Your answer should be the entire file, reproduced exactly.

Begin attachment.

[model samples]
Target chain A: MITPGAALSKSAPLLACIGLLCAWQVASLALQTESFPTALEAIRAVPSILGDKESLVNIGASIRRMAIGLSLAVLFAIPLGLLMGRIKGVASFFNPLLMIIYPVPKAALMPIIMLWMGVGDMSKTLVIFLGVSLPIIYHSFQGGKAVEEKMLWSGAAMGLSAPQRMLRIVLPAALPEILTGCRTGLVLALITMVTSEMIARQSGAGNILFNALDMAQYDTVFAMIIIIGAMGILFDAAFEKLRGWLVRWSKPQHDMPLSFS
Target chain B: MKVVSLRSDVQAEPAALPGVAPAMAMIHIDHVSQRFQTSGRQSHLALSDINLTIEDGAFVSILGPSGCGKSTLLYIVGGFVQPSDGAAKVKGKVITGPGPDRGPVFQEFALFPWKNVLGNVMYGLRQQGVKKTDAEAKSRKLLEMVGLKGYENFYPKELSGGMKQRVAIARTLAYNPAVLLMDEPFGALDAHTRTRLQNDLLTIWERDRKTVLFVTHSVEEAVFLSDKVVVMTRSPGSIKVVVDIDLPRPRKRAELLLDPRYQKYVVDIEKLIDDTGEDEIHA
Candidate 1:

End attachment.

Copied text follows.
[model samples]
Target chain A: MITPGAALSKSAPLLACIGLLCAWQVASLALQTESFPTALEAIRAVPSILGDKESLVNIGASIRRMAIGLSLAVLFAIPLGLLMGRIKGVASFFNPLLMIIYPVPKAALMPIIMLWMGVGDMSKTLVIFLGVSLPIIYHSFQGGKAVEEKMLWSGAAMGLSAPQRMLRIVLPAALPEILTGCRTGLVLALITMVTSEMIARQSGAGNILFNALDMAQYDTVFAMIIIIGAMGILFDAAFEKLRGWLVRWSKPQHDMPLSFS
Target chain B: MKVVSLRSDVQAEPAALPGVAPAMAMIHIDHVSQRFQTSGRQSHLALSDINLTIEDGAFVSILGPSGCGKSTLLYIVGGFVQPSDGAAKVKGKVITGPGPDRGPVFQEFALFPWKNVLGNVMYGLRQQGVKKTDAEAKSRKLLEMVGLKGYENFYPKELSGGMKQRVAIARTLAYNPAVLLMDEPFGALDAHTRTRLQNDLLTIWERDRKTVLFVTHSVEEAVFLSDKVVVMTRSPGSIKVVVDIDLPRPRKRAELLLDPRYQKYVVDIEKLIDDTGEDEIHA
Candidate 1: